This agreement runs from April 2013 to March 2019, and it studies irradiated materials used to face the plasma and serve as armor on the walls of the fusion chamber, in particular tungsten, to withstand high heat and neutron irradiation. The FSP is the US lead under Task 3 of this agreement studying tritium retention and permeation of irradiated tungsten.
The Fusion Safety Program supports the ITER International Project, a large tokamak experiment under construction at Cadarache, France. First plasma is expected in 2020. Research data on tritium behavior, dust characterization, material oxidation, and component reliability, as well as computer code development is being shared with ITER. The FSP has a contract to provide safety and reliability support work to the US ITER design team.
Under this agreement, the FSP is collaborating with the ASIPP in studying the tritium retention and permeation under high heat flux on plasma facing component materials. This is a renewable two-year agreement, presently from 2014-2015.
Under this task agreement between the NFRI and UCLA, both parties cooperate on fundamental R&D important to fusion nuclear science over the time period of 2014-2016. The FSP has partnered with UCLA and collaborates on safety analysis computer codes such as TMAP and MELCOR, and in tritium permeation experiments to be performed at STAR. The FSP work supports the Korean test blanket system design.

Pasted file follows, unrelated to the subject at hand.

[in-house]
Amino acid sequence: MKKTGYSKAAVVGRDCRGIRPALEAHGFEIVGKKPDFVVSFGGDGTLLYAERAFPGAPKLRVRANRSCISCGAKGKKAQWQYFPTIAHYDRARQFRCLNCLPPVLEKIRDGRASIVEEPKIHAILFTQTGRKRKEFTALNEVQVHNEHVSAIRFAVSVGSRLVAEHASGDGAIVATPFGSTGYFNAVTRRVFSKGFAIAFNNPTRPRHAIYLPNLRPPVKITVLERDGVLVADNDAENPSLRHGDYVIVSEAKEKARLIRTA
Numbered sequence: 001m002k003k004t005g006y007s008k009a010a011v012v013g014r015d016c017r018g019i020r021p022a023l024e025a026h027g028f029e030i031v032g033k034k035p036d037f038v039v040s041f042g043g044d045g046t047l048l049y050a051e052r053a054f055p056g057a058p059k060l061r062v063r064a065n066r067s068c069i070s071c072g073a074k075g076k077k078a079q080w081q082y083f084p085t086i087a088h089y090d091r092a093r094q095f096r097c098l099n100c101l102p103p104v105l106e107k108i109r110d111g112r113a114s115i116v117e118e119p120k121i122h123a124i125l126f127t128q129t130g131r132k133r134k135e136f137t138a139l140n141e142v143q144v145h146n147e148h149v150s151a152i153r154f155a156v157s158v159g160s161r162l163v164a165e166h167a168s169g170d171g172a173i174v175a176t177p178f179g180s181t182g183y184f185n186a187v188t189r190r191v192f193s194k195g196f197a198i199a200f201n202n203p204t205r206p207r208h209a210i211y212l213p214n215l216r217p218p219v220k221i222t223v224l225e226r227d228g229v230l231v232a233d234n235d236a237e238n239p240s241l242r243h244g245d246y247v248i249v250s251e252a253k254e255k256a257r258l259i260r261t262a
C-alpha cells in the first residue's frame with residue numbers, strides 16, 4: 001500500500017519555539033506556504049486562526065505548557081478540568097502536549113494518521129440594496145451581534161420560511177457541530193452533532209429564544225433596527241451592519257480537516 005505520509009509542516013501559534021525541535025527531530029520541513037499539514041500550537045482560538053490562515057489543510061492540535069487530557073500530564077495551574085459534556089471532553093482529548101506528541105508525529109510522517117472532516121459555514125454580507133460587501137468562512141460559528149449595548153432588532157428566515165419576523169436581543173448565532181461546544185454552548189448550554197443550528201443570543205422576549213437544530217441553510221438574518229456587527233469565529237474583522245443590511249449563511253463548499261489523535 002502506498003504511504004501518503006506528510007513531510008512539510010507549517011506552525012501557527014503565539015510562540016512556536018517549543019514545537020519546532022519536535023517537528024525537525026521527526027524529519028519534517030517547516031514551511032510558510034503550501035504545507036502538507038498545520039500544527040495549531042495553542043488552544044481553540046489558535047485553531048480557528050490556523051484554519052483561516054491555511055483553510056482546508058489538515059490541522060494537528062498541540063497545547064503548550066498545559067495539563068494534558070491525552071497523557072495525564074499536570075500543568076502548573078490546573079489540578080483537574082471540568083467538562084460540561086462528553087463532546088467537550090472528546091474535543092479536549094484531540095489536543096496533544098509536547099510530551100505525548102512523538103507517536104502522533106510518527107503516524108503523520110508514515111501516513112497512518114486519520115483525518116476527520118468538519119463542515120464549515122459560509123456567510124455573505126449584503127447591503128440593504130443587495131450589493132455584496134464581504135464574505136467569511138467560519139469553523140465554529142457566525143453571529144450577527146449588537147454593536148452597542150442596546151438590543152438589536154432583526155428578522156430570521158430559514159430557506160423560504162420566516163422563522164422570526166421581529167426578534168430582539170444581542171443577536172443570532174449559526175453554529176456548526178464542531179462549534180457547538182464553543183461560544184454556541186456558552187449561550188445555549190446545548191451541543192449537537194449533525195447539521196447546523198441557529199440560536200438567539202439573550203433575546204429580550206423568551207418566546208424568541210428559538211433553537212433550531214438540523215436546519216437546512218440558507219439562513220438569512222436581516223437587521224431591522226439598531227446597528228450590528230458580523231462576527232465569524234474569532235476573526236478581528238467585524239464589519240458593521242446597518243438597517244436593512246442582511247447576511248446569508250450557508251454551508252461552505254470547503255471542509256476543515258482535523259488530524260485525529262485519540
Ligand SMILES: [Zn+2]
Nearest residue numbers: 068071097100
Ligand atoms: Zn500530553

Participants include: China, EU, Japan, South Korea, China, and the US. Presently, this agreement spans 2012-2017. The focus of this agreement is to demonstrate the potential for Fusion Energy as a very safe, environmentally attractive and inexhaustible source of power. The FSP coordinates the research in four of the eight areas of this agreement: in-vessel source terms, activation product source terms, failure rate base, and magnet safety.